India is collecting biometric data from over one billion residents to issue them each a unique identification number. So far, they have registered over 1.1 billion people.  Indonesia is made up of 17,000 islands – they just enrolled over one hundred million people into a new identity system in less than a year.  Ghana just broke a world record by biometrically registering and verifying 13 million people in just 48 hours.

In 2009, the Israeli government enacted the "Inclusion of Biometric Means of Identification in Identity Documents and in an Information Database Law.” This law called for all residents to eventually have a biometric ID card. But right now the law is currently in its trial period, during which enrollment is optional.

A number of countries (including the United States since 2005) have started issuing biometric passports. But there is still much progress to be made before biometric ID cards are implemented on the national level.


The Biometric ID Grid: A Country-by-Country Guide (The Corbett Report)

99% of Indians over 18 now have Aadhaar cards (Times of India)

Building a Biometric National ID: Lessons for Developing Countries from India’s Universal ID Program

Biometric IDs in Israel (NBN)

Countries Applying Biometrics (Wikipedia)

List of national identity card policies by country (Wikipedia)


Biometric security as a field is currently experiencing a sharp growth curve. One example of the rising use of the technology is the fact that so many mobile users have become comfortable using tools like fingerprint identification for access. Here's a look at some of the market projections. According to these projections, despite setbacks, the global biometric market is expected to grow from 10 billion USD in 2016 to 41 billion USD by 2025.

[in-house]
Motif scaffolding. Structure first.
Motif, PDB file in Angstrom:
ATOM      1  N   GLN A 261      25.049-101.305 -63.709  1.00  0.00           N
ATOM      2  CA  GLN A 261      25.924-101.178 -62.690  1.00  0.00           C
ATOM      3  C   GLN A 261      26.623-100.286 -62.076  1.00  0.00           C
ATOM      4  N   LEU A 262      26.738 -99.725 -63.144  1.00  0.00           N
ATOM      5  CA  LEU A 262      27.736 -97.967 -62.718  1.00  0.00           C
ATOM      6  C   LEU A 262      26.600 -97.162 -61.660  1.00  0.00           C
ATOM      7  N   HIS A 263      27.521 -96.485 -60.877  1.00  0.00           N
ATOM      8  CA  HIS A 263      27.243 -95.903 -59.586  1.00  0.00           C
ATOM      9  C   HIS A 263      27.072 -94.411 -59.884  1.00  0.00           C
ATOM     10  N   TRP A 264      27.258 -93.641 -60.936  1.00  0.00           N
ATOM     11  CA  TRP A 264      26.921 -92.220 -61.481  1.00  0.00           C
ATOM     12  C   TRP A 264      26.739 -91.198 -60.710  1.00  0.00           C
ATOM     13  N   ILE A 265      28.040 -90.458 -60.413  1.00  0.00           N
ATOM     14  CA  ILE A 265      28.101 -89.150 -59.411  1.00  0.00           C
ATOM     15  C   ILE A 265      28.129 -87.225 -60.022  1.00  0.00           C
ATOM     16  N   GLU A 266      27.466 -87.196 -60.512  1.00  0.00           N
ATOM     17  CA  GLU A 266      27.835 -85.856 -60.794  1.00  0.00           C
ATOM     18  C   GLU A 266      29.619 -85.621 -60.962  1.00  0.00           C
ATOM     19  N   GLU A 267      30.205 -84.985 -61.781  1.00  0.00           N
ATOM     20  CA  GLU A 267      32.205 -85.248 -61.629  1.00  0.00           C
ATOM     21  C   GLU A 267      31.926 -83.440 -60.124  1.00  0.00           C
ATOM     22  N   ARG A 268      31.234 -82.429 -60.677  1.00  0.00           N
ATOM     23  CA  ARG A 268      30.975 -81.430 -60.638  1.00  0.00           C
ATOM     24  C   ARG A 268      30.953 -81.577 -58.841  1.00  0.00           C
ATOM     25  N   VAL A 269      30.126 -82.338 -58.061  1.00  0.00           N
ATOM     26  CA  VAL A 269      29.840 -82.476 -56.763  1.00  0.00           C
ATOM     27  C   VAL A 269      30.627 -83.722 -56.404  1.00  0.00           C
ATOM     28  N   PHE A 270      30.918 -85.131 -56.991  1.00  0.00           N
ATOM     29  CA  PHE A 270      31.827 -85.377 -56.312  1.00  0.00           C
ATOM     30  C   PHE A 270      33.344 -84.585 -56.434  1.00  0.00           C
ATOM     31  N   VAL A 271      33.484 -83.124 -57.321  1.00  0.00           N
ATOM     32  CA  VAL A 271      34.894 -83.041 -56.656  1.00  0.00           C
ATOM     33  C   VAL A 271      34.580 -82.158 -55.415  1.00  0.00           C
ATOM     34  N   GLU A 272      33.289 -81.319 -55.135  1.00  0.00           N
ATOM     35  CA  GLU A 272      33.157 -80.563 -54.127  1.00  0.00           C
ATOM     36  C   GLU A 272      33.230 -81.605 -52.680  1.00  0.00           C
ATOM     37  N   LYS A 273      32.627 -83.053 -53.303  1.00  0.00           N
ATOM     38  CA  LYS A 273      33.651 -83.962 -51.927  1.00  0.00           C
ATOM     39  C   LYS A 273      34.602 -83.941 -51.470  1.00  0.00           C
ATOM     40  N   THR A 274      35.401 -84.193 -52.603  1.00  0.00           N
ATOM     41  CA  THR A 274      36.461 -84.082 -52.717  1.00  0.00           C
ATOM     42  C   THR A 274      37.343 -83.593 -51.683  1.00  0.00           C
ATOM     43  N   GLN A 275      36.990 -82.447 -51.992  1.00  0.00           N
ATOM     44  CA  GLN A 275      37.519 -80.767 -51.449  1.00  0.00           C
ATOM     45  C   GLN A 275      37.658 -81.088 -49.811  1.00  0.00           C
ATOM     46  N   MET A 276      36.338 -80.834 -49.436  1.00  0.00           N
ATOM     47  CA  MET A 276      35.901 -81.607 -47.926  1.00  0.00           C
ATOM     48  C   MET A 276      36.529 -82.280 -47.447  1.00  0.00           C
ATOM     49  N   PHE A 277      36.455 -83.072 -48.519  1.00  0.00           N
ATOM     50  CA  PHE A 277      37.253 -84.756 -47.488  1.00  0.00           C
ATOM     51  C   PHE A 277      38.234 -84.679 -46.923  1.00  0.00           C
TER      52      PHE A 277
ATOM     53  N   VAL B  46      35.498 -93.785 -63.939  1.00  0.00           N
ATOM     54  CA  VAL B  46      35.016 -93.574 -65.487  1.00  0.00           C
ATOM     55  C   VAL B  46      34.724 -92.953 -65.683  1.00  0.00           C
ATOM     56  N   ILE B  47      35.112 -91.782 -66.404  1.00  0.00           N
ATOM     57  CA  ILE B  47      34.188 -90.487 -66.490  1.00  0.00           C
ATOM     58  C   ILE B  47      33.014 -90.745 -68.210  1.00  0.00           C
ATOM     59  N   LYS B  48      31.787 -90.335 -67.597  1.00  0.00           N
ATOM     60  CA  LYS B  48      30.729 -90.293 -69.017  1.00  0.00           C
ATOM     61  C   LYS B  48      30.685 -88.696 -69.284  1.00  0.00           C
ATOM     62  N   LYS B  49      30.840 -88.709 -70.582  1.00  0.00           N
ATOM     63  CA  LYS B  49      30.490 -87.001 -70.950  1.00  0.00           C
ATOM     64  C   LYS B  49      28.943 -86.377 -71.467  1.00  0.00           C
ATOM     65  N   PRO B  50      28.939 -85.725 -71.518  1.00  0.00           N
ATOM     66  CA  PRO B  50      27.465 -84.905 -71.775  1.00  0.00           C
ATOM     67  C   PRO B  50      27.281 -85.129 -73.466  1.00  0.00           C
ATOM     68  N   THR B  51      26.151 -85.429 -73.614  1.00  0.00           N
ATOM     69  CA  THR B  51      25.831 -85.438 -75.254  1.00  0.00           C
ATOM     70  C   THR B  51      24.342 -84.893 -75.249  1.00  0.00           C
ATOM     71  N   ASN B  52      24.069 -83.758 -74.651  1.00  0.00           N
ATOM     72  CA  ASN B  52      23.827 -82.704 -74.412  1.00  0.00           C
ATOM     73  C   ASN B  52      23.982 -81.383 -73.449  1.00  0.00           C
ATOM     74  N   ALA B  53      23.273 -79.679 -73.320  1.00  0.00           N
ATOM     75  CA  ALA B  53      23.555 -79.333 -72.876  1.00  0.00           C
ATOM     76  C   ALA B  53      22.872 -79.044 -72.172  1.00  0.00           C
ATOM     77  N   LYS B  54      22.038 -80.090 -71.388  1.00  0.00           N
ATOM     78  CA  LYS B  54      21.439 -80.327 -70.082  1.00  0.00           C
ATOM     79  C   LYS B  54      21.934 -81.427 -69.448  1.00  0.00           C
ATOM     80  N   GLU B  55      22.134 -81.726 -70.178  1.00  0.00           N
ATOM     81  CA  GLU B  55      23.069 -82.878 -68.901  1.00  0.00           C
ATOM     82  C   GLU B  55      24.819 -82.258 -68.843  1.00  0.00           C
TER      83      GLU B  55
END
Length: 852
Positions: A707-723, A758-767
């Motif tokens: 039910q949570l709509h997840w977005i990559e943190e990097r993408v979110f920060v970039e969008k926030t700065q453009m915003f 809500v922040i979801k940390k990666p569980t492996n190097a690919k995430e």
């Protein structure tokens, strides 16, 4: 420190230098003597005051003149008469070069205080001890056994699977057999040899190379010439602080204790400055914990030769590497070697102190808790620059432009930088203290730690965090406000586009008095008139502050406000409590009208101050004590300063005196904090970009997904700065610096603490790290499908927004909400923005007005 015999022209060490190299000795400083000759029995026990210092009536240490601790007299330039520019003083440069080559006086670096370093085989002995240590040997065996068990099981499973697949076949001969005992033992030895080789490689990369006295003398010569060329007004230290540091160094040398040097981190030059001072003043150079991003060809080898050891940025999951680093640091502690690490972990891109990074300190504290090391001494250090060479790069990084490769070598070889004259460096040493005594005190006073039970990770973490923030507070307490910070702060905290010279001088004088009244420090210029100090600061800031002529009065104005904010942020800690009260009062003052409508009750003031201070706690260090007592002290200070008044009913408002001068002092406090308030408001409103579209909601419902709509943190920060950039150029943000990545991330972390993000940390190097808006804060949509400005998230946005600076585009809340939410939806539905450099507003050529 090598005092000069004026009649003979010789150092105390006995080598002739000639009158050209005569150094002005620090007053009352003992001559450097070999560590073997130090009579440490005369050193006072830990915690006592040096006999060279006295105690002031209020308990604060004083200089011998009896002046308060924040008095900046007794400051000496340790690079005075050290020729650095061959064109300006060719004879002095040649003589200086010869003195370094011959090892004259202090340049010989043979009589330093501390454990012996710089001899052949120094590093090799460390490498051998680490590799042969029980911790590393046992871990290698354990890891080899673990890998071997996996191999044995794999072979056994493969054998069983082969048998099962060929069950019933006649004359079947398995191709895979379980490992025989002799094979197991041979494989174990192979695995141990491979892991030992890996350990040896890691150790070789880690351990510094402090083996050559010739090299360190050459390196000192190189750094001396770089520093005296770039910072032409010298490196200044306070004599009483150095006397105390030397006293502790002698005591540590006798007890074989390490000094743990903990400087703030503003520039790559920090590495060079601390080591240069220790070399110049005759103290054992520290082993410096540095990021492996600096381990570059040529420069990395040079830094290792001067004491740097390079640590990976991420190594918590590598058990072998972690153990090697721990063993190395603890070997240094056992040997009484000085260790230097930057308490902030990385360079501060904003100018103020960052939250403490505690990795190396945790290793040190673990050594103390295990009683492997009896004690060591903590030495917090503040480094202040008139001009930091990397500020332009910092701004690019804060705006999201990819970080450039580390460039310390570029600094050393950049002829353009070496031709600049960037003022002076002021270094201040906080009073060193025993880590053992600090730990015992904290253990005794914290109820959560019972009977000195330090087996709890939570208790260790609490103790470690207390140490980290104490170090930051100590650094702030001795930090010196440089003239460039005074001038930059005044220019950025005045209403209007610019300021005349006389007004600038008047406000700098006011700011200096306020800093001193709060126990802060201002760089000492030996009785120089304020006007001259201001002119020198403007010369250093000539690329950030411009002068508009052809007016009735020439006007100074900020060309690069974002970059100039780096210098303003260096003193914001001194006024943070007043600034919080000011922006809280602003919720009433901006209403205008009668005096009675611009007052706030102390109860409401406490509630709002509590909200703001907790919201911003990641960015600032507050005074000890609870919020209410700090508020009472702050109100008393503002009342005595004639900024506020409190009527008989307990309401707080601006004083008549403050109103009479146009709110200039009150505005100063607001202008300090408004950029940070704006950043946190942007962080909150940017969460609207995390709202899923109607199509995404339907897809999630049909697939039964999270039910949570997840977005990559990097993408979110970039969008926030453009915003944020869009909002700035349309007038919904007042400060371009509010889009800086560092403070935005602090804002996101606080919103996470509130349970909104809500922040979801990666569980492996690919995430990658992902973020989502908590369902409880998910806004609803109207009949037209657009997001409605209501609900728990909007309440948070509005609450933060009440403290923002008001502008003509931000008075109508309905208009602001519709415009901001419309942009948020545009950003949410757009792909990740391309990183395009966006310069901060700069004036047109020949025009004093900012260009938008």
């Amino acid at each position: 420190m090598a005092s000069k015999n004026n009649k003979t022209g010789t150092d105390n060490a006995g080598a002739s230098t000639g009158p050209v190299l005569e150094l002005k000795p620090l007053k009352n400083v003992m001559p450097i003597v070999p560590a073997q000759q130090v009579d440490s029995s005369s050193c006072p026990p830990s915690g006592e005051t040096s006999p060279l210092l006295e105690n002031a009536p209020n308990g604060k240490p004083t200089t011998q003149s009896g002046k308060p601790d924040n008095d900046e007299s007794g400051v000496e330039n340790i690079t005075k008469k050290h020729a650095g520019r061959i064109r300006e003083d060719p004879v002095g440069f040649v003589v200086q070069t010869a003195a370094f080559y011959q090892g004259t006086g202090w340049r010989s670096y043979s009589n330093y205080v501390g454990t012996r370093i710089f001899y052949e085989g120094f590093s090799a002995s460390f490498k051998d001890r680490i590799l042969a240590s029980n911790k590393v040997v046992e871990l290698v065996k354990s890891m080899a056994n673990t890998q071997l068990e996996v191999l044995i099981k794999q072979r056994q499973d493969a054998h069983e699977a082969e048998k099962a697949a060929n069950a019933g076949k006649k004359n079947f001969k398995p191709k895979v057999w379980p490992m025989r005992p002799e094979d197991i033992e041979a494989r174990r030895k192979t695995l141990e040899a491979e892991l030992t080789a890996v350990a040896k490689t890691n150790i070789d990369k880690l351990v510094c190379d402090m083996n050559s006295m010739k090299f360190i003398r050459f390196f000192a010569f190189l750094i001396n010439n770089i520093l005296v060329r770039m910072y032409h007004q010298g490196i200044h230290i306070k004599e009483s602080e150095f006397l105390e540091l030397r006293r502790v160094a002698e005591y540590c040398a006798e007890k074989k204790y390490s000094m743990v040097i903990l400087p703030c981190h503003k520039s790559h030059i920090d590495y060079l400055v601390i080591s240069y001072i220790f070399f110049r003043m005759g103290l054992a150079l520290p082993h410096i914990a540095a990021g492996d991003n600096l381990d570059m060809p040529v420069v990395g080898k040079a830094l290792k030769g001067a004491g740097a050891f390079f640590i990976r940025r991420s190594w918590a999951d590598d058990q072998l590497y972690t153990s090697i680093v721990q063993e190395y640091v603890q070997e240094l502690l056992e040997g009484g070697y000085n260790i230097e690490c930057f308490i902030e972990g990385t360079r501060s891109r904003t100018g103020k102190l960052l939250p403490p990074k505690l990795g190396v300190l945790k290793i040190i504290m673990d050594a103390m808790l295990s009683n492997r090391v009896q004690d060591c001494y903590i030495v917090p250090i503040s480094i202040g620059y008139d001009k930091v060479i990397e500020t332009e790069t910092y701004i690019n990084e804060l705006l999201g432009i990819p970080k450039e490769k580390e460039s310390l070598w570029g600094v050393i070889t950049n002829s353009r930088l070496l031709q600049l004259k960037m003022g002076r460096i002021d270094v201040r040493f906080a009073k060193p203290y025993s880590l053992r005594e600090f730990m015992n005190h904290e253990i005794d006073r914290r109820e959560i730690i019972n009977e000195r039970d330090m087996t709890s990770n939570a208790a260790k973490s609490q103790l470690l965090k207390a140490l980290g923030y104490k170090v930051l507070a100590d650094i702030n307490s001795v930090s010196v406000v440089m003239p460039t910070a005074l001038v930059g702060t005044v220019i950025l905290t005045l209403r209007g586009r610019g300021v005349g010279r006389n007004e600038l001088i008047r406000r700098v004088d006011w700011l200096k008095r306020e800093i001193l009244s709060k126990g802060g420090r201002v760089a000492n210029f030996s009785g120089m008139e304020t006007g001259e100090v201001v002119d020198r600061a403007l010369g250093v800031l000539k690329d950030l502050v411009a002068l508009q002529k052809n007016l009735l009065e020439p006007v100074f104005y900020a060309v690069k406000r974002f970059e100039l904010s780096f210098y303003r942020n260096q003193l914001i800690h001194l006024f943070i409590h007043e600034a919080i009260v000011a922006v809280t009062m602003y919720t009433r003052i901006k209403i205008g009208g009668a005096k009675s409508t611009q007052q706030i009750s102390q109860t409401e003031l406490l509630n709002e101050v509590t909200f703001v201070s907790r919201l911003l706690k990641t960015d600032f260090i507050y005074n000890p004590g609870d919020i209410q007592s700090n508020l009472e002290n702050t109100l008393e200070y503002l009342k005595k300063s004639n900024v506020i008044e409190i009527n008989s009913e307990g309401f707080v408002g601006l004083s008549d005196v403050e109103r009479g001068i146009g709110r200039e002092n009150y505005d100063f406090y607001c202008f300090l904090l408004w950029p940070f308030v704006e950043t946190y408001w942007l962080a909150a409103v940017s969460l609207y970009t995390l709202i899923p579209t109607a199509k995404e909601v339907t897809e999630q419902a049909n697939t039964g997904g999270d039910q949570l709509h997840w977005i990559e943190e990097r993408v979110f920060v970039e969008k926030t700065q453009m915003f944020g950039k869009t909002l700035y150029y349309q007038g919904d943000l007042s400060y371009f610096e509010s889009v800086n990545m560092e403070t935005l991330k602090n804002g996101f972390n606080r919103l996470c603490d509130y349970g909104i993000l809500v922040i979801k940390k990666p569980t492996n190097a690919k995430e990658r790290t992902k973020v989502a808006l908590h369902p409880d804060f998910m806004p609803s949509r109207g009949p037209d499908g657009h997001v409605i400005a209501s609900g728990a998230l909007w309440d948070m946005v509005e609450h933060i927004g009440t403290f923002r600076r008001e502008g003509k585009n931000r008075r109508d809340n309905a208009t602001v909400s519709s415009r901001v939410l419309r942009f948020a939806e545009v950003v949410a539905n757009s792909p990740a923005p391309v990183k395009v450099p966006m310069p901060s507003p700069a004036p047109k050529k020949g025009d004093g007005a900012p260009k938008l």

Juniper Research, in a 2015 report, says that more than 770 million biometric authentication applications will be downloaded each year by 2019. The report cites Apple’s combination of its Touch ID authentication to tokenization in NFC payments as an example of high profile adoptions of biometrics.

Another report, by Acuity Market Intelligence, forecasts that rising demand for smartphones, tablets and wearable mobile devices that incorporate biometrics will drive a global market of 2.5 billion users with nearly 4.8 billion biometric devices by 2020. Acuity says within three years, biometrics will become a standard feature on smartphones as well as other mobile devices.



Alpha Card


Find Biometrics

Planet Biometrics

Biometric Companies

20 Companies to Watch out for in Biometric Authentification



Global Biometric Market Analysis: Trends and Future Prospects (Bayometric)

Top 10 Mobile Biometric Companies (Tech Navio)

Biometric Security is on the Rise (CSO online)

8 Plus Companies Doing Amazing Things with Biometric Authentication (LTP)

Defense Stocks Directory: Biometrics Stocks, Security Stocks, Facial Recognition, Fingerprint Recognition, Voice Recognition, Iris Recognition


Securing America's Future Act of 2018

The "Securing America's Future Act," introduced in 2018, addresses the issue of Deferred Action for Childhood Arrivals (DACA) as well as many other aspects of immigration. It is a sweeping bill that entails everything from education, the workforce, homeland security and the military. Included in the bill are details about a new biometric National ID card.


Read Bill Here

Securing America’s Future Act: The Good, the Bad, and the Ugly of the House Immigration Bill (The Heritage Foundation)

The Legal Workforce Act 2015

The "Legal Workforce Act" (H.R. 1147), introduced in 2015, is a piece of legislation that has called for a national ID card for every American worker. It is aimed at preventing illegal immigrants from obtaining jobs in the United States. An element highlighted by critics, though, is that the bill would purport to mandate a national ID card for every American as a condition of working. It would require every employer in the United States to use an electronic employment eligibility verification system (EEVS) to verify employees. The EEVS would be based on the E-Verify system, and would replace the current I-9 form system which is paper-based and voluntary. The bill would allow employers to make a job offer only after a final verification has been granted by the EEVS.

Here is an analysis of the bill from the Center of Immigration Studies.


The Case for a National ID Card (The Washington Post)

Get Ready for the U.S. National ID Card (Computer World)


Advances in Biometrics: Sensors, Algorithms and Systems (Google Books)

The Boring and Exciting World of Biometrics (PBS)

The Global Rise Of Biometric ID Cards (Investment Watch)

Mandatory National IDs and Biometric Databases (Electronic Frontier Foundation)